"These 10 steps can help you save money on utility bills and conserve energy."
Other Sources
Jerry Mason
Church Magazines
"Tips for Energy Conservation," Sep 1998 Ensign.
"Voicing the oft-repeated concept of teaching people correct principles and permitting them to govern themselves, President Oaks said, 'We have avoided setting out specific courses of action in the [conservation] policy because we wanted to set basic principles that would guide us in multiple situations over a considerable period of time.'"
Other Sources
First Presidency First Presidency
Church Magazines
"Energy Crisis: First Presidency Encourages Conservation of Fuel; Reports From the Saints Around the World," Feb 1974 Ensign.
"Students returning home for the Christmas vacation were requested by President Dallin H. Oaks to leave their cars behind when they returned. Like Church employees in Salt Lake City, BYU staff, faculty, and students were urged to use car pools if they had long distances to travel to campus each day, or to walk or use bicycles."
Other Sources
First Presidency First Presidency
Church Magazines
"Energy Crisis: First Presidency Encourages Conservation of Fuel; Reports From the Saints Around the World," Feb 1974 Ensign.
"Looking ahead, the task force recommended that new buildings under construction, or under consideration, should be designed for conservation of energy."
Other Sources
First Presidency First Presidency
Church Magazines
"Energy Crisis: First Presidency Encourages Conservation of Fuel; Reports From the Saints Around the World," Feb 1974 Ensign.
"At Brigham Young University, a special task force is seeking to eliminate any waste of energy and to propose conservation methods on campus. However BYU has been practicing energy conservation for many years and surveys indicate that it may be the most efficiently-used campus in the world. The campus is also used year-round, a request made of other American universities by President Richard M. Nixon."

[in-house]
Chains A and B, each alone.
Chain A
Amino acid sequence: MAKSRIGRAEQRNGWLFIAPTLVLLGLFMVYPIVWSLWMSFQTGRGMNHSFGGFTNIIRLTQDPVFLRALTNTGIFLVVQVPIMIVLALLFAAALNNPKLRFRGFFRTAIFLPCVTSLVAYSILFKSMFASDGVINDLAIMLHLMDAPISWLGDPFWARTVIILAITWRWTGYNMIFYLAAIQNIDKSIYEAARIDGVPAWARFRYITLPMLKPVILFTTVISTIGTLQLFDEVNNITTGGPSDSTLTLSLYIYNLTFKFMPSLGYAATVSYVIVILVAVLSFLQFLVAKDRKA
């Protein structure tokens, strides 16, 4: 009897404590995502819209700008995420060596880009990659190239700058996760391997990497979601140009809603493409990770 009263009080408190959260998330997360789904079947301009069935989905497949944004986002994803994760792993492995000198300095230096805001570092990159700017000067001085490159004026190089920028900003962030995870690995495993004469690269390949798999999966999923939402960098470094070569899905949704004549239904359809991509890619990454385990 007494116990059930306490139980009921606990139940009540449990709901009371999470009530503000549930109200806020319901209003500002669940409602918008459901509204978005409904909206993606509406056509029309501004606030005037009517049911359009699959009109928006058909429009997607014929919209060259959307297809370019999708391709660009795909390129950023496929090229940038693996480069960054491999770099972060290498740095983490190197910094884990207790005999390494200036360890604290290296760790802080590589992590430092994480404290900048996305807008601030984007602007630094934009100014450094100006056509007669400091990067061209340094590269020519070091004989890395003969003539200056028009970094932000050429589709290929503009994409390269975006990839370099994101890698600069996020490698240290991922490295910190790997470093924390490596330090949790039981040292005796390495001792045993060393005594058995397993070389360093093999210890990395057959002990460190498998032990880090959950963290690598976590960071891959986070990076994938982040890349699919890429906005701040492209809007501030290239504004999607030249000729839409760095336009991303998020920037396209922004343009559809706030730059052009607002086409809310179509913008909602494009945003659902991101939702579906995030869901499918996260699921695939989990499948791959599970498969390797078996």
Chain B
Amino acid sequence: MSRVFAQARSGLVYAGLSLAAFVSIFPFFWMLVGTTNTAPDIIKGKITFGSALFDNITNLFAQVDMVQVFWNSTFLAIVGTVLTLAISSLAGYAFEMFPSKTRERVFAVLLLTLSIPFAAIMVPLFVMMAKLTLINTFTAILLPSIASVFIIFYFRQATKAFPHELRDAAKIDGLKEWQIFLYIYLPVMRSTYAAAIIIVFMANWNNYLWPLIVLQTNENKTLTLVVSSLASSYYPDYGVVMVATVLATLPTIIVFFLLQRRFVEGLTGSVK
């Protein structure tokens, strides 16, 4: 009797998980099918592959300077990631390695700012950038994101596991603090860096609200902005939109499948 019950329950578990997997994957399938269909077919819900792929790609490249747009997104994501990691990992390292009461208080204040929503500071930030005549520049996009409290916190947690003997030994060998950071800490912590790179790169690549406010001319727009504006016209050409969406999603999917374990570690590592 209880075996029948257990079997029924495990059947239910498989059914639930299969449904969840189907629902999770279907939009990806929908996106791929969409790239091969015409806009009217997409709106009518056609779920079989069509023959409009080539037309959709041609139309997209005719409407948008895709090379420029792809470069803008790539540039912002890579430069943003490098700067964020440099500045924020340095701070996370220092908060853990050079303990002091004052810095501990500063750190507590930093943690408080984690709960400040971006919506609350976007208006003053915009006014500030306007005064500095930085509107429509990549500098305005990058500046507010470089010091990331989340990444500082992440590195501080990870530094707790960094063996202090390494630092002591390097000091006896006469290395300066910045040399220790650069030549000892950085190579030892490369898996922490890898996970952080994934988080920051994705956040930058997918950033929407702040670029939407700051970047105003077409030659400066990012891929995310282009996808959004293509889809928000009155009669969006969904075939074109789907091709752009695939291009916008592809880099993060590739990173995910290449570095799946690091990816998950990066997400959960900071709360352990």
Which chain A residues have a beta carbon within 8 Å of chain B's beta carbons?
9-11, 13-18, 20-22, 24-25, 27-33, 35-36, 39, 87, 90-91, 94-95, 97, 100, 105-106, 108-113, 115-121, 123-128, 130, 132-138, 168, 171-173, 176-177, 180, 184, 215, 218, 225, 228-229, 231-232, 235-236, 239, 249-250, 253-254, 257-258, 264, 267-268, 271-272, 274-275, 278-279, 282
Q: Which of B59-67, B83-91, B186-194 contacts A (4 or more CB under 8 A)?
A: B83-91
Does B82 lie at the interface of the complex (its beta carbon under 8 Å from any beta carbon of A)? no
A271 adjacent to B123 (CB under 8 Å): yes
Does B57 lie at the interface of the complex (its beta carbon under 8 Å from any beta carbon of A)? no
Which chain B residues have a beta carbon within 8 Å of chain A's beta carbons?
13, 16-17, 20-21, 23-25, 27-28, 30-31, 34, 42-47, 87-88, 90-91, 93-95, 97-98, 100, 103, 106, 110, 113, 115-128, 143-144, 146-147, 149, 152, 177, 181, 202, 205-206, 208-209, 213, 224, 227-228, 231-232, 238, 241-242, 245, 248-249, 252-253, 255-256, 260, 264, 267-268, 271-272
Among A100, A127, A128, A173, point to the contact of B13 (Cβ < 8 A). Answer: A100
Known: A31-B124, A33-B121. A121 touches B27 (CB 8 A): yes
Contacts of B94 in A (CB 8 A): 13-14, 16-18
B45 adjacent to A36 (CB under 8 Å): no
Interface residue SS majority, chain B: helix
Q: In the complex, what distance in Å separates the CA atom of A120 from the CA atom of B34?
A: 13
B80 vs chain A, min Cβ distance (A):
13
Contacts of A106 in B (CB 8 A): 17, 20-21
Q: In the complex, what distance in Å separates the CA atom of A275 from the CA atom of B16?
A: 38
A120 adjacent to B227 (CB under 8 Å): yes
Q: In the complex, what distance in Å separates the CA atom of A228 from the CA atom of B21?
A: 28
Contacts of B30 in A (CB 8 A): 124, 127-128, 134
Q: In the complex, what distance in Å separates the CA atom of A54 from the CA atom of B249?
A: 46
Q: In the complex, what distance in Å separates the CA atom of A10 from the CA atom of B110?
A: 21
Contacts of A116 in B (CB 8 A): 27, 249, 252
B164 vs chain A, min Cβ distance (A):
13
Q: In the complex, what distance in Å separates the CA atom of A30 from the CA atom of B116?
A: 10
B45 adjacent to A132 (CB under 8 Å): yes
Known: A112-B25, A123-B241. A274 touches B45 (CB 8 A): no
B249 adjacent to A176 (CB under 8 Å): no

Other Sources
First Presidency First Presidency
Church Magazines
"Energy Crisis: First Presidency Encourages Conservation of Fuel; Reports From the Saints Around the World," Feb 1974 Ensign.
"With all the problems arising from a shortage of gasoline, President Max L. Pinegar, president of the Netherlands Mission, reports that, during the past several weeks, 'we have had a number of branches reporting an increase in attendance both at Sunday School and sacrament meeting. President Cornelis de Bruijn of the Holland Stake tells me that sacrament meeting attendance has not dropped even though the members are not permitted to drive on Sunday.'"
Other Sources
First Presidency First Presidency
Church Magazines
"Energy Crisis: First Presidency Encourages Conservation of Fuel; Reports From the Saints Around the World," Feb 1974 Ensign.
"For many of the Saints, a shortage of gasoline for personal cars is not a problem as they usually travel by public transportation, by bicycle, or on foot. In the Netherlands, for instance, personal driving on Sunday has been banned. Elder Jacob de Jager, regional representative of the Council of the Twelve for the Holland Region, told the Ensign that he has to obtain a special permit to use his car on Sundays for Church work."
Other Sources
First Presidency First Presidency
Church Magazines
"Energy Crisis: First Presidency Encourages Conservation of Fuel; Reports From the Saints Around the World," Feb 1974 Ensign.
"The letter also suggested that 'the topic of fuel conservation be seriously discussed by all members of the family in a family home evening.'"
Other Sources
First Presidency First Presidency
Church Magazines
"Energy Crisis: First Presidency Encourages Conservation of Fuel; Reports From the Saints Around the World," Feb 1974 Ensign.
"The First Presidency also authorized other measures to cope with the energy crisis, including: —Eliminating all outside lighting at Church buildings, except that necessary to provide adequate security or prevent injury. —Encouraging Church members to join car pools and urging them to observe prescribed speed limits. —Lowering thermostats in homes where feasible and eliminating unnecessary consumption of electricity or fuel. "
Other Sources
First Presidency First Presidency
Church Magazines
"Energy Crisis: First Presidency Encourages Conservation of Fuel; Reports From the Saints Around the World," Feb 1974 Ensign.
"In a letter to all stakes, wards, branches, and missions, the First Presidency encouraged members, among other measures, to walk to church meetings where feasible, hold back-to-back meetings, and hold all auxiliary activities on one day of the week."
Other Sources
First Presidency First Presidency
Church Magazines
"Energy Crisis: First Presidency Encourages Conservation of Fuel; Reports From the Saints Around the World," Feb 1974 Ensign.